From retail to cooking demos, hospital foodservice operators are serving more customers—and in more creative ways than ever.
184—total number of hospitals surveyed
Annual food and beverage purchases
|Less than $200,000||20%|
|$5 million or more||13%|
Feeding more patients
Half of hospitals are feeding more patients today than they have in the past; overall only 15 percent reported serving fewer patient meals.
Hospitals in the Northeast and South continue to serve the most patients daily (364 and 282 respectively), followed by the West (224 daily meals) and Midwest (161 meals).
237—Average number of patients fed daily
|Annual food and beverage purchases||Average patients fed daily|
|Less than $200,000||39|
|$5 million or more||695|
In the past two years, how has your patient meal count changed?
|Annual food and beverage purchases||Increased||Decreased||Stayed at home|
|Less than $200,000||30%||24%||46%|
|$5 million or more||83%||4%||12%|
16%—Overall, hospitals’ patient meal counts rose by an average of 16 percent. Operators with less than $200,000 in annual F&B purchases saw the biggest jump (23 percent) in patient meal counts.
Room service continues to rise, with slightly more operators offering on-demand meals compared to last year. The larger the hospital, the more likely it is to offer room service—67 percent of operators with F&B purchases of $5 million or more offer it, compared to 27 percent of hospitals with purchases less than $200,000.
Does your operation offer on-demand room service for patients?
The vast majority of hospitals (86 percent) offer both retail and patient meals, with retail meals making up the bulk of the business.
69%—Percentage who say their retail business has grown in the past two years
20%—Average percent increase in retail transactions/meal counts
Hospitals with budgets of $5 million or more are most likely to report a bump in retail business: 96 percent of them say their retail transactions are up, compared to 52 percent of hospitals with less than $200,000 in purchases.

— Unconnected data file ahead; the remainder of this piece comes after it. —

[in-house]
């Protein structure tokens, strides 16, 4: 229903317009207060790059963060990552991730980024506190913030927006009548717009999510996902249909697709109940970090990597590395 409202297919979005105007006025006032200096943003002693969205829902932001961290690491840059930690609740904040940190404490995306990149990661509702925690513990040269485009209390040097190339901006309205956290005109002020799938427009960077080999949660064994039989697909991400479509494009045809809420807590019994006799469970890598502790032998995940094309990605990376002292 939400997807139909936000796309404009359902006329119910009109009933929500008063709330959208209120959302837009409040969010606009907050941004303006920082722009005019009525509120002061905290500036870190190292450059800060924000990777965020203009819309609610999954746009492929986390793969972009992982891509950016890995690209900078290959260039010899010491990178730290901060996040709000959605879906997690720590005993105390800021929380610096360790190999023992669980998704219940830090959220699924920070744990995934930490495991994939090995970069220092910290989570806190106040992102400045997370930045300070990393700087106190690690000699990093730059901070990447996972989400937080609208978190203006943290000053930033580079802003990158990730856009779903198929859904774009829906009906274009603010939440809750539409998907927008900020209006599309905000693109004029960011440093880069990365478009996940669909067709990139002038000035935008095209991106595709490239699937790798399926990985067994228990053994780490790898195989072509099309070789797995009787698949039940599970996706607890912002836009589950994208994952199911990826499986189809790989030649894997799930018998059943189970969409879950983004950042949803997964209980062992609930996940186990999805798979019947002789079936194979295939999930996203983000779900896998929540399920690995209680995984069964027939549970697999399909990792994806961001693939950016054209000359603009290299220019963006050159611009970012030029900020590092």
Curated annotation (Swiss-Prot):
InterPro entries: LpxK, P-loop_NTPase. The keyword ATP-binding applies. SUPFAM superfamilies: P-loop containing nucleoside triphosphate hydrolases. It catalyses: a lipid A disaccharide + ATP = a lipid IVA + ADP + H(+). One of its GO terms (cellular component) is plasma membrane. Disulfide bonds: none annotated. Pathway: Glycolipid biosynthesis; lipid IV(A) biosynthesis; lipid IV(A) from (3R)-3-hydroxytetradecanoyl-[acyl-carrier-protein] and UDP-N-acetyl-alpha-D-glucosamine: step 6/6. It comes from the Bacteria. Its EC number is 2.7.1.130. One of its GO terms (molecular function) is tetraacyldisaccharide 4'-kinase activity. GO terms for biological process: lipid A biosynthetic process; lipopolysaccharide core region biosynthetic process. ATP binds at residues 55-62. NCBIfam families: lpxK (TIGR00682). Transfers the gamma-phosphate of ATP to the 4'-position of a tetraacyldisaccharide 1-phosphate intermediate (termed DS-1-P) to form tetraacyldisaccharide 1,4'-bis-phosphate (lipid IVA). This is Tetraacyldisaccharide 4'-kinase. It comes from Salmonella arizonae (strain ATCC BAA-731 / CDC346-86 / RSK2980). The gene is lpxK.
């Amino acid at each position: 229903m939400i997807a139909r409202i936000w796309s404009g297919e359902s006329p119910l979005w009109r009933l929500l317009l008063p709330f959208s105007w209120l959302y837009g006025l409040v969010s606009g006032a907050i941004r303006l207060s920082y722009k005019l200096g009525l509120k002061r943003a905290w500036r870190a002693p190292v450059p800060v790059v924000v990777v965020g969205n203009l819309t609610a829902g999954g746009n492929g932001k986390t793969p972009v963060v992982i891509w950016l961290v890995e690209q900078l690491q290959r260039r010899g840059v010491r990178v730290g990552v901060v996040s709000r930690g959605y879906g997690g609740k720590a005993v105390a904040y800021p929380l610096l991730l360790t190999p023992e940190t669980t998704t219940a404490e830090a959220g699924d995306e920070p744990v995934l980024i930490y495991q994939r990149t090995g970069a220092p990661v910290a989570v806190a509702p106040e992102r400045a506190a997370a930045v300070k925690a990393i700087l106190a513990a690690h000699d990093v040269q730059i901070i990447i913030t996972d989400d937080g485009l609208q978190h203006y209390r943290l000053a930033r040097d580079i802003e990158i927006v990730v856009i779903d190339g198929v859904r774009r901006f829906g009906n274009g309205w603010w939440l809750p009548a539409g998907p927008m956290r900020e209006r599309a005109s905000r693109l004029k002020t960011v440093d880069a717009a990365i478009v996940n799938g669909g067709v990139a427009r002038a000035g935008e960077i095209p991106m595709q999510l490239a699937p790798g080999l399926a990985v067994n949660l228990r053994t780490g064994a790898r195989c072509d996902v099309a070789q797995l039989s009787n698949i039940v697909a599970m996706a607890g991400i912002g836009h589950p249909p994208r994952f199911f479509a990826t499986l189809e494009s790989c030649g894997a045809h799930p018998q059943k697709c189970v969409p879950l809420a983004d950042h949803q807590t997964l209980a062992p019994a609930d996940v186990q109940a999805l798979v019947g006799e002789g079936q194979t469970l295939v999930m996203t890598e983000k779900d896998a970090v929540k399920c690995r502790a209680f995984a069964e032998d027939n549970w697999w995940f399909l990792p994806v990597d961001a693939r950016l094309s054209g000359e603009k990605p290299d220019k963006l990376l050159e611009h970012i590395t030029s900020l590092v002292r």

Expect growth at lunch
Generally, every hospital in our survey doing retail business provides lunch in its cafeteria or dining areas. And overall, 60 percent expect that afternoon daypart to grow in the next two years. That said, big-budget hospitals are banking on breakfast, being more likely to predict growth in a.m. transactions compared to other operators.
Offer mealpart in cafeteria/dining areas
|All||$200K or less||$200K-$499,999||$500K-$999,999||$1M-$4,999,999||$5M or more|
|= offer mealpart in cafeteria/dining areas|
|= predict growth in next 2 years|
Patient rooms and cafeterias aren’t the only venues where hospital operators serve food. Some other services offered:
|62%||Cooking demos, nutrition-education programs or other community engagement services|
|33%||Stand-alone coffee kiosk|
|9%||In-house full-service restaurant|
It appears some practical factors are driving menu changes and trends at hospitals. Almost half of hospital operators say they’ve made upgrades or changes to their menus as a result of HCAHPS surveys. Some 70 percent of hospitals with big budgets ($5 million or more) expect to source more local foods, versus 34 percent of those with budgets under $200,000. And operators with less than $500,000 in annual F&B purchases are more likely to increase their scratch cooking, perhaps as a way of saving money.
A closer look at local
On average, 13 percent of hospital operators’ food purchases are locally sourced; that number rises to 23 percent of purchases at hospitals with the largest budgets. Operators in the Midwest are the ones most likely to source produce and meats locally; local seafood is most likely to be served by operators in the West; and Northeast hospitals source the most dairy items.
Which foods are you sourcing locally?